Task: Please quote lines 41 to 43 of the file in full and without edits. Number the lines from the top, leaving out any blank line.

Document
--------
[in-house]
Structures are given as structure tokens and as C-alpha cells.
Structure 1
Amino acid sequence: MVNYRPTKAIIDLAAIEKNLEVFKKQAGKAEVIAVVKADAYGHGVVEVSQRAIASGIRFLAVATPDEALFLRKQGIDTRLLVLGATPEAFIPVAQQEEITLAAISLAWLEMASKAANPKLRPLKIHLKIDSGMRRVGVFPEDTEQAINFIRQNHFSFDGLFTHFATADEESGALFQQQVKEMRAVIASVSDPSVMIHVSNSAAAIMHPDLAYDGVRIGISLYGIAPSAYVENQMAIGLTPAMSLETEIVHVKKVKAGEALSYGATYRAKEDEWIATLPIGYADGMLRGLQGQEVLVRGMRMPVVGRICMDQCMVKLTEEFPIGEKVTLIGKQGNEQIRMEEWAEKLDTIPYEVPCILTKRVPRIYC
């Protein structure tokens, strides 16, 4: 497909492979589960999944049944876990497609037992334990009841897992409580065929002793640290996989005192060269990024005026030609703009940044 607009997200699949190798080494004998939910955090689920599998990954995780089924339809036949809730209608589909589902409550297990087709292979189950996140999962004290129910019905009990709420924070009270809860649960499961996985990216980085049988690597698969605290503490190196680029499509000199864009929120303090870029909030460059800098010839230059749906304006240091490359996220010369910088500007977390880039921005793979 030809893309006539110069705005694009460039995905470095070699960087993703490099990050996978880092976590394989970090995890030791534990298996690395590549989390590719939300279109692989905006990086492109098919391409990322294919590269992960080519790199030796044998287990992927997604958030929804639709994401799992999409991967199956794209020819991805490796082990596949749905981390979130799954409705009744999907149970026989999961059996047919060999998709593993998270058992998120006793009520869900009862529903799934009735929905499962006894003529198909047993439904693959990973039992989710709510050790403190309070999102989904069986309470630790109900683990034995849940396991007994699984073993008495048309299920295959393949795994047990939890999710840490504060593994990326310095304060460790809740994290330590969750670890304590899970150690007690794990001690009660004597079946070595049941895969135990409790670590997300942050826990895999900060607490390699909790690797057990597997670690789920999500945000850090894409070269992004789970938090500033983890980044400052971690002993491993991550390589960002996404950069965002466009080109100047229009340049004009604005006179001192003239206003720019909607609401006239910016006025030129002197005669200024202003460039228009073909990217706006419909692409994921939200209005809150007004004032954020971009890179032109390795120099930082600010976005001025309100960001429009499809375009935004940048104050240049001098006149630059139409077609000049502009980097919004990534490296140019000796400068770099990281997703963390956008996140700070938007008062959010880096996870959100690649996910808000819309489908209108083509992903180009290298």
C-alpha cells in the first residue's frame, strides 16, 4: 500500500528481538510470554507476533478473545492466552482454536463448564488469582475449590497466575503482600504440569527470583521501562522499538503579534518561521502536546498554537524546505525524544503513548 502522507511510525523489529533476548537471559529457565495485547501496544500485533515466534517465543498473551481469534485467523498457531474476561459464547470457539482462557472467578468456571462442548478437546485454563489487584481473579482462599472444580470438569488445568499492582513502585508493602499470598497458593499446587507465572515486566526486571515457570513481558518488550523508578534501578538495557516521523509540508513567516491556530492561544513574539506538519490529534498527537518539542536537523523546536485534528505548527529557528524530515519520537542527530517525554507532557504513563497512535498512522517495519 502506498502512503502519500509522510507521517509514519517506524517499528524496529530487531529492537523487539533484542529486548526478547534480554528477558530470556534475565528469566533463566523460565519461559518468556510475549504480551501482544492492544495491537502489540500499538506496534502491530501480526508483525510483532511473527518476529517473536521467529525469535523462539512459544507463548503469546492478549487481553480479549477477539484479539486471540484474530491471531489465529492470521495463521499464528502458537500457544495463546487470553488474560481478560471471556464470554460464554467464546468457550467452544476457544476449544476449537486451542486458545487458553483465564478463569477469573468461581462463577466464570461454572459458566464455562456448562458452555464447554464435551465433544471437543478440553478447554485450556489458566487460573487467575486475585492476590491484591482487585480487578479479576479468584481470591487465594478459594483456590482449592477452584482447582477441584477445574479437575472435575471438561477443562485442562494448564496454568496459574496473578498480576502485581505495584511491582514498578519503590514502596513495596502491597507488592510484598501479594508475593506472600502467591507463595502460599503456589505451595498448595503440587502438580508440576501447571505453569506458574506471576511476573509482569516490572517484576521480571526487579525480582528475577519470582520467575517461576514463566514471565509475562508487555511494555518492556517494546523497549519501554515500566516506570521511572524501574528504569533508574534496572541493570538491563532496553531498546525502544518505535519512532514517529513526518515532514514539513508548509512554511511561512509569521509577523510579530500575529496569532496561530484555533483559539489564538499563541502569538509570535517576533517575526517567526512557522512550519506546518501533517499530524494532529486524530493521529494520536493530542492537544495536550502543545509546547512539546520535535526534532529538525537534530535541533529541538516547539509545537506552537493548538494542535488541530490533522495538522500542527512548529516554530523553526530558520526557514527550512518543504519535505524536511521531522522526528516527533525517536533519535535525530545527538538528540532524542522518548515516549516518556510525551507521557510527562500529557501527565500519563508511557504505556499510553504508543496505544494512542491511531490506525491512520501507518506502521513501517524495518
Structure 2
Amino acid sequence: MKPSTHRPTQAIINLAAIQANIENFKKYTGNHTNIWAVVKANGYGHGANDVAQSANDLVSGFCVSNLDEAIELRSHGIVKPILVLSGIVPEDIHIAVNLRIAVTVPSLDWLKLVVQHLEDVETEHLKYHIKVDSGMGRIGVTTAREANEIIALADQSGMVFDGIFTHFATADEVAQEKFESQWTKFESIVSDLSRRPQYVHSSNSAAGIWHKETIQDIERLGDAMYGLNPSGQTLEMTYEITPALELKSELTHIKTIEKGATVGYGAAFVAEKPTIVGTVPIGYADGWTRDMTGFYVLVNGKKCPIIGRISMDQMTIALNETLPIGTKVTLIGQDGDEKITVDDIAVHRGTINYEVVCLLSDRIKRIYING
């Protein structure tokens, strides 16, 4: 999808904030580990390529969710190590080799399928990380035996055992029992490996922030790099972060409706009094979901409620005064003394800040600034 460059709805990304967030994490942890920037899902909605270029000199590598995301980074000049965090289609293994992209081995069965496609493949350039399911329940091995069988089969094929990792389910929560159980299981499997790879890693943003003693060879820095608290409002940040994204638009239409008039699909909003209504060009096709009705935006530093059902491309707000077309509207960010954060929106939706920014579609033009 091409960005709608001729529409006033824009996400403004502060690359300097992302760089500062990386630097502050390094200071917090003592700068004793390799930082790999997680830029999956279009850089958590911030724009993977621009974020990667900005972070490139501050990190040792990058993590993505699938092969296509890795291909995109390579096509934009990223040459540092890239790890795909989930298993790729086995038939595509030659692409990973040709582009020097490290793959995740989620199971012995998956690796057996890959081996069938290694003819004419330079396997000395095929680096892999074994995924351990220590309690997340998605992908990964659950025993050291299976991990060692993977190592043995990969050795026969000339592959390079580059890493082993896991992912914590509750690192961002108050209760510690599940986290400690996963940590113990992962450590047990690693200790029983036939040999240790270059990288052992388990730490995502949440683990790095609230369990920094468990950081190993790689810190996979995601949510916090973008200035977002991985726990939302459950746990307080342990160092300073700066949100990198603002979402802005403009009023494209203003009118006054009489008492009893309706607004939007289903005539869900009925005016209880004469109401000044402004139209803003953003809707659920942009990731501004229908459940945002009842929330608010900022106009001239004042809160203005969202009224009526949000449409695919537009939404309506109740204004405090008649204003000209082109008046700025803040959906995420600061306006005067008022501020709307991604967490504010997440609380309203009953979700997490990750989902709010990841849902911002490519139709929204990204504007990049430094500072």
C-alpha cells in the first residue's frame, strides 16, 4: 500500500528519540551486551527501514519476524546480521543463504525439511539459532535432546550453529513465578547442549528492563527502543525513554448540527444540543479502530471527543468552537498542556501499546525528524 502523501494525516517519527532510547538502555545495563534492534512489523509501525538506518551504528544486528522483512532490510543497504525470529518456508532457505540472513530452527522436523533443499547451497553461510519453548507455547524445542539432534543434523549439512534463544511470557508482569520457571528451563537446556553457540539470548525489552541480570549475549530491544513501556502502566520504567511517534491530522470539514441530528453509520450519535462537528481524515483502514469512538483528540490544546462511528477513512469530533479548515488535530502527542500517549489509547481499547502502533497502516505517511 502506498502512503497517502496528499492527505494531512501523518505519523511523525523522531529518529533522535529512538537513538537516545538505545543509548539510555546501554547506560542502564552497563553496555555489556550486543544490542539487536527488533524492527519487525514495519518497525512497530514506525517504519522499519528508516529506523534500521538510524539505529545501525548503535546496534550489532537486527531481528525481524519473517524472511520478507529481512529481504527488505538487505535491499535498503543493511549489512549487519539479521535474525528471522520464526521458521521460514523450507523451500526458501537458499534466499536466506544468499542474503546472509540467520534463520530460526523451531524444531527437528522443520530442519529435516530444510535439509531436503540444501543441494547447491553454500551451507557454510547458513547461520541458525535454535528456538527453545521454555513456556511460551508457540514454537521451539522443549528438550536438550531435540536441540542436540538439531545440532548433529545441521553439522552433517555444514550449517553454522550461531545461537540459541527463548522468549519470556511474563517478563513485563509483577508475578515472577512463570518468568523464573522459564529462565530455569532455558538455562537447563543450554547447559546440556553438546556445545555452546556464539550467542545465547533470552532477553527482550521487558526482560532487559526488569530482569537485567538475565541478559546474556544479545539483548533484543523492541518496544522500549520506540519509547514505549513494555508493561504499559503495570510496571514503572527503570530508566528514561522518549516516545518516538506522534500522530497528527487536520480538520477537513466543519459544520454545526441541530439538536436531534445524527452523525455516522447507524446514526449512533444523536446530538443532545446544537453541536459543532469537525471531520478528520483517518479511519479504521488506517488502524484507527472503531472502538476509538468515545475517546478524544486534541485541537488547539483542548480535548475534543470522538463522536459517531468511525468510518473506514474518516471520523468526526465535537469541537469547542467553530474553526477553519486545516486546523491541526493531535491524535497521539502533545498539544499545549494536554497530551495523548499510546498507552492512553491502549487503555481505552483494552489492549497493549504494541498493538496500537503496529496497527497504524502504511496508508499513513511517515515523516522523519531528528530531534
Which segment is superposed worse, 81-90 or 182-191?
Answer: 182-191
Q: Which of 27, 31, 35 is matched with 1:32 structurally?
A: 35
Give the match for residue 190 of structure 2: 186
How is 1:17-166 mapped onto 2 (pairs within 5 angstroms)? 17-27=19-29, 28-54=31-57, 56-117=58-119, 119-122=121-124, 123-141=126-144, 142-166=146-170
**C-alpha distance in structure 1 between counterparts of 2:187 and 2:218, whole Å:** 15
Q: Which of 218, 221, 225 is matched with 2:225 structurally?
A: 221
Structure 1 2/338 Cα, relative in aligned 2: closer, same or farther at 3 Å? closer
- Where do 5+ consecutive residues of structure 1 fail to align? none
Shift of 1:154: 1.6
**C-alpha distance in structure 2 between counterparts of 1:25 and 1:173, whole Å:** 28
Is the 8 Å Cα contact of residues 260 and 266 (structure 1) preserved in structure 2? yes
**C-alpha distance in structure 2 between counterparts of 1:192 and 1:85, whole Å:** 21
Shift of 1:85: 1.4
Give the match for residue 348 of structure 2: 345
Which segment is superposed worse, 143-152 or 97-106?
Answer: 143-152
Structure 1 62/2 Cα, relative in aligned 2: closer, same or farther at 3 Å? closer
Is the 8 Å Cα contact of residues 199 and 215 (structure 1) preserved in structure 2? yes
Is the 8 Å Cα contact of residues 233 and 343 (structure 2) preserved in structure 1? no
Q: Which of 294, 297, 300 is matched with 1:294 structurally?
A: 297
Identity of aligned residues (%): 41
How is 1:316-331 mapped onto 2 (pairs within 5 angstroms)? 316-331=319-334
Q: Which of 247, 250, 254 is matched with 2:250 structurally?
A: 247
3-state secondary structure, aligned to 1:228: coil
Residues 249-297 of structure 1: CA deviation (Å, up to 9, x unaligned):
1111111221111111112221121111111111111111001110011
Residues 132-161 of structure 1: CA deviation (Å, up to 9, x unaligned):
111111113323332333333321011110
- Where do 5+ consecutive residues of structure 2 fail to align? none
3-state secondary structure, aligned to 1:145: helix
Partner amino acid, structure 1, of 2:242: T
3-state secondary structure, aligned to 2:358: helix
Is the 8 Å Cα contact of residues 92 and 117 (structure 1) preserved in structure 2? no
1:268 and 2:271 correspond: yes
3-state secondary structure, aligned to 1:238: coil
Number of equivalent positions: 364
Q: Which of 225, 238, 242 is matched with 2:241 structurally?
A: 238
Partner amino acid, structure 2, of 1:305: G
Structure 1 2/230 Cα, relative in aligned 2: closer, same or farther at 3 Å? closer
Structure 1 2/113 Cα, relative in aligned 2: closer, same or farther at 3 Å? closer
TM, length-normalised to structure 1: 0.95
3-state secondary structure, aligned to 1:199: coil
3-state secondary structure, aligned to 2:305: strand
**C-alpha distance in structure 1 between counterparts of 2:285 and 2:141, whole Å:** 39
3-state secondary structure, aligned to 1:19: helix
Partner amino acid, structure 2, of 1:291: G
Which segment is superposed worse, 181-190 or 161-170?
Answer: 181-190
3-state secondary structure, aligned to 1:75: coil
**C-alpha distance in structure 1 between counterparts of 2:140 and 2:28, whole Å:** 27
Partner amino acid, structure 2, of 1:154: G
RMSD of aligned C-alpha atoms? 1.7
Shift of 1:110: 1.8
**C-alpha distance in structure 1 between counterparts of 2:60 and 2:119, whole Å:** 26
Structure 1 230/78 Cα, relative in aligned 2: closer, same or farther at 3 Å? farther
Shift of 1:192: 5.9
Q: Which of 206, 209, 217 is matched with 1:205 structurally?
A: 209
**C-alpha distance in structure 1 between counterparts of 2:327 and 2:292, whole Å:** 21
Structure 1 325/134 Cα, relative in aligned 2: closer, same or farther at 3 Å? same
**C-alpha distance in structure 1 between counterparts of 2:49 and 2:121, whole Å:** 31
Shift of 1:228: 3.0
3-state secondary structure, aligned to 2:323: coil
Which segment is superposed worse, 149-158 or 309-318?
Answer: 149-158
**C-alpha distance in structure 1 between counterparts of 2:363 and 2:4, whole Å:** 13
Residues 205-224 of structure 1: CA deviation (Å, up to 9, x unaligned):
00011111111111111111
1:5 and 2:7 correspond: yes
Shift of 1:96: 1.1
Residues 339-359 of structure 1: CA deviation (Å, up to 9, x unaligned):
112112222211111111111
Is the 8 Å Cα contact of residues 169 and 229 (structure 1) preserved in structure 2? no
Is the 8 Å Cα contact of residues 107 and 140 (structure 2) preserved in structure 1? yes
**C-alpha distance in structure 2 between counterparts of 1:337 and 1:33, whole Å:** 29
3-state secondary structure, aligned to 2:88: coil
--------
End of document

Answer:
1111111221111111112221121111111111111111001110011
Residues 132-161 of structure 1: CA deviation (Å, up to 9, x unaligned):
111111113323332333333321011110